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Italian pianist and bandleaderby Todd S. Jenkins
Copyright © 2006 Todd S. Jenkins
Pianist Romano Mussolini, whose formidable jazz talents were often overshadowed by a controversial bloodline, died in Rome on Friday, February 3, 2006. He was 78 years old. Mussolini had recently undergone heart surgery and suffered fatal complications.
It was ironic that Romano, the youngest child of Italian dictator Benito Mussolini and wife Rachele, embraced a “decadent” form of music that his father’s Fascist cohorts had banned from Italy during World War II. After the execution of Benito Mussolini and his mistress, Claretta Petacci, in 1945, young Romano and his family were exiled to the island of Ischia. He learned to play piano and accordion while recovering from a childhood illness. He first heard jazz music through some albums that his older brothers had bought, and he grew to love the American art form. By the early 1950s he had developed a style similar to George Shearing’s eloquent approach to the piano, although he later assimilated some of André Previn’s classically inspired sophistication.
In 1956 Mussolini performed at the first San Remo International Jazz Festival, where he garnered much acclaim and offers to tour. He declined all comers, preferring to stay at home with his family and, perhaps, fearing retribution for his father’s actions. He ended up destitute in Rome, working as a carpenter between sporadic musical jobs, many done under an assumed name in the Naples region. He wrote jazz record reviews for several publications as well. But it wasn’t long before the jazz world began taking more notice of Mussolini. Among his supporters in the late 1950s were Duke Ellington, Lionel Hampton, Dizzy Gillespie, singer Lillian Terry, Swedish baritonist Lars Gullin, and Chet Baker, who became a close friend and frequent musical associate. Mussolini’s first wife, Anna Maria Scicolone, was the sister of actress Sophia Loren and bore him two daughters.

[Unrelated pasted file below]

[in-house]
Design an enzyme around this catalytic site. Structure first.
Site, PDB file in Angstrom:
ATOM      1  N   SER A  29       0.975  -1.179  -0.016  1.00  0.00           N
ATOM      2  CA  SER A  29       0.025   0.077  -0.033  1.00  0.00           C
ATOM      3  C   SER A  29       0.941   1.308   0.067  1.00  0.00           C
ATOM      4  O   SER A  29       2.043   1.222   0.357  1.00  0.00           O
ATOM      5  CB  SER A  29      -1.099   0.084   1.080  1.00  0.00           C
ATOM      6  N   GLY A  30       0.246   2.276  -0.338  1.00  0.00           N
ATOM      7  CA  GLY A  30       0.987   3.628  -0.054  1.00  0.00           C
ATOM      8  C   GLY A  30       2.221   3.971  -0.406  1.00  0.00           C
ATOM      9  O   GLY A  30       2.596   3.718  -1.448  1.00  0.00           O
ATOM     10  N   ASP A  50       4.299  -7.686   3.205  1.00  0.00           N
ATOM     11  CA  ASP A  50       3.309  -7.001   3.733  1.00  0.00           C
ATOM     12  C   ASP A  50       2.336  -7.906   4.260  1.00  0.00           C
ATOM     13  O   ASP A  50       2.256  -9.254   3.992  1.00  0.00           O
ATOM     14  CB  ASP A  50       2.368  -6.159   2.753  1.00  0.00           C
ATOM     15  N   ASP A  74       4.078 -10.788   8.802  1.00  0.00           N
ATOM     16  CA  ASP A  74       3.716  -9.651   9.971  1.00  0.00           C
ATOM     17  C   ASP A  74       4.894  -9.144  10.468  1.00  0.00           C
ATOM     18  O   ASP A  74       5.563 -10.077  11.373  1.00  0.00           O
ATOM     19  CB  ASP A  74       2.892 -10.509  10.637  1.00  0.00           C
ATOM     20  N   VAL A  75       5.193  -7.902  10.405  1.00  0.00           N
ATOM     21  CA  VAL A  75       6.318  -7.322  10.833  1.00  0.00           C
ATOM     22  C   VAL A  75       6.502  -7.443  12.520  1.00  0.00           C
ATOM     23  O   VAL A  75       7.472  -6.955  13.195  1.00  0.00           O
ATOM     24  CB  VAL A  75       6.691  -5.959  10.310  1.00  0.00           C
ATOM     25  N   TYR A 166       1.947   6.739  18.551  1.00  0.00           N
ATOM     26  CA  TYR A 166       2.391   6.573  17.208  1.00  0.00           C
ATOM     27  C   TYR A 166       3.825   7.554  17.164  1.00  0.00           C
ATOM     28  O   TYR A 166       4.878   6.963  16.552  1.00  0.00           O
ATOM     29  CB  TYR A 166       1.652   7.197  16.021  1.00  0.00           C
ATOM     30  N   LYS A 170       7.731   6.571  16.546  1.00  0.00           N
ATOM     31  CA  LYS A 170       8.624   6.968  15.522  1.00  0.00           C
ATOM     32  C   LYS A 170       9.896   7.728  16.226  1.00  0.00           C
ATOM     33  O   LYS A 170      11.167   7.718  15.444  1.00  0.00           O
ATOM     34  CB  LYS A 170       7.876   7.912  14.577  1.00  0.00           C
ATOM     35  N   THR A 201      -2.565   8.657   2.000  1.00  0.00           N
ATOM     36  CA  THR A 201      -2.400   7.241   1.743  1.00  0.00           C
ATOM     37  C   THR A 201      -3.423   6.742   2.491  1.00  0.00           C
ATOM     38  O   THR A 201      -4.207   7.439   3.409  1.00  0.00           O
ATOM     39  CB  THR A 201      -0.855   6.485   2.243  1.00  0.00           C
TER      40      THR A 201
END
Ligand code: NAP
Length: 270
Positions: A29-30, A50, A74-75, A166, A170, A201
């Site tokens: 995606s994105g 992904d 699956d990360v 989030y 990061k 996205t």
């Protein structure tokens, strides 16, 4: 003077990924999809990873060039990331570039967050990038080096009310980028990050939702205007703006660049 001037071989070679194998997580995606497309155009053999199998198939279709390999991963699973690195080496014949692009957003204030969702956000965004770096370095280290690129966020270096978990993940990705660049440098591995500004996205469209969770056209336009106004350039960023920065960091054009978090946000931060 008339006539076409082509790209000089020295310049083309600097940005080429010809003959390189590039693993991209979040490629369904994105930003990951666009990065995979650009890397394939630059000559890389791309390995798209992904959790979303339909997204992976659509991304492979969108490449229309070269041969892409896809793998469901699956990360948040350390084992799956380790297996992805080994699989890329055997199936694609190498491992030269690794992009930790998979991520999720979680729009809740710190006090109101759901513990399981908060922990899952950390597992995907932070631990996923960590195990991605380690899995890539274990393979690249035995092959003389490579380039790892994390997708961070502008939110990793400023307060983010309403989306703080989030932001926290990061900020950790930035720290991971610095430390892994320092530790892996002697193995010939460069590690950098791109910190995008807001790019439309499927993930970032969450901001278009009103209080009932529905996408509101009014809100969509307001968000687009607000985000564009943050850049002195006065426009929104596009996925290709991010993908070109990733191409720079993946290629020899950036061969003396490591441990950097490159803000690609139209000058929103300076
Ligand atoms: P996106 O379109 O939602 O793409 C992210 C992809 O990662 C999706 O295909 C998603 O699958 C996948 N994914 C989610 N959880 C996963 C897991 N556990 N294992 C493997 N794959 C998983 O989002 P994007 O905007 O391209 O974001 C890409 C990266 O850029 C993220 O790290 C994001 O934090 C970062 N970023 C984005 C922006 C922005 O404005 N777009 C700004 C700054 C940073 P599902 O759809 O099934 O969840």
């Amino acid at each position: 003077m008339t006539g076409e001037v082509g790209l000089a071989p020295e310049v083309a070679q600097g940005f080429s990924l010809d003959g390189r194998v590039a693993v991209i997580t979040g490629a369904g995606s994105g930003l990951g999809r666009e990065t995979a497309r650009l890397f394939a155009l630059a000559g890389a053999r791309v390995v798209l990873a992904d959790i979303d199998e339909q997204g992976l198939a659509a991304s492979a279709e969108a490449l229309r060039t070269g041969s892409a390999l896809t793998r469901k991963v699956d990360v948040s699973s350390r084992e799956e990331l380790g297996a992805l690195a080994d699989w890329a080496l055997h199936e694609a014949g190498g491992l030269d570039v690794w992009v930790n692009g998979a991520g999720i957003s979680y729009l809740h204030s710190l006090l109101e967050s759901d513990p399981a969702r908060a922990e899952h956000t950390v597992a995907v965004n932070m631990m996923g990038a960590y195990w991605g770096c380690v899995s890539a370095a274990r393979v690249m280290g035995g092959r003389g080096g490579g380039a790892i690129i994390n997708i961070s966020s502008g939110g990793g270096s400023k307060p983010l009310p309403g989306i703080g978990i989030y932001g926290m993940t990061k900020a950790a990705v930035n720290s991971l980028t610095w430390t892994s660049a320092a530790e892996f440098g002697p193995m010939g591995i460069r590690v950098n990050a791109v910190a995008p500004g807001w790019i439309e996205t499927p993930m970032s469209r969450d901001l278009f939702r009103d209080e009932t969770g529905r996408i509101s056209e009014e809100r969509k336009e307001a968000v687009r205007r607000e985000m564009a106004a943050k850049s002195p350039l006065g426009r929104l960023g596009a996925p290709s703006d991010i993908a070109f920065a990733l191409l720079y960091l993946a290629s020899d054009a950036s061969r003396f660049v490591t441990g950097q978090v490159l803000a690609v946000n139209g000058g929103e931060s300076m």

In 1956 Mussolini’s trio recorded his self-titled debut for RCA. Trumpeter Franco Ambrosetti was an early partner. In 1963 the Romano Mussolini All-Stars recorded Jazz Allo Studio 7 (Ricordi), which earned widespread acclaim. This time he did not hesitate to accept the offers of tour packages, and his name was spread further around Europe. The album was followed by Romano Mussolini All-Stars at the Santa Tecla (Philips) later that year. In the 1980s and 90s Mussolini recorded The Wonderful World of Louis Armstrong (Ca’Bianca Club), the Perfect Alibi soundtrack and Soft and Swing (Carosello), the last title an ideal description of his approach to jazz piano. Mussolini’s jobs as a sideman included three albums with multi-instrumentalist Oscar Klein’s Jazz Show, work with clarinetist Tony Scott, bassist Jan Jankeje and vibist/pianist Enzo Randisi, and arrangements and conducting for guitarist Daniele Groff.
Mussolini was also a respected painter. His memoir, “Il Duce, Mio Padre” (Kales Press), is a fascinating account of his life in the shadow of one of the 20th century’s most fearsome figures. His father and Petacci receive a wealth of respect in the book, yet Romano Mussolini clearly condemns his father’s anti-Semitic policies and much of the Fascist platform.
Romano Mussolini is survived by his second wife, Carla Maria; and three daughters, Alessandra (a deputy in the Italian parliament), Elisabetta and Rachele.
(Many thanks to John Pickford for his assistance in compiling this article.)
Todd S. Jenkins
Todd S. Jenkins is a member of the JJA, author of Free Jazz and Free Improvisation: An Encyclopedia (Greenwood Press, 2004) and I Know What I Know: The Music of Charles Mingus (Praeger, 2006), and a contributor to Down Beat, All About Jazz, American Songwriter and Route 66 Magazine.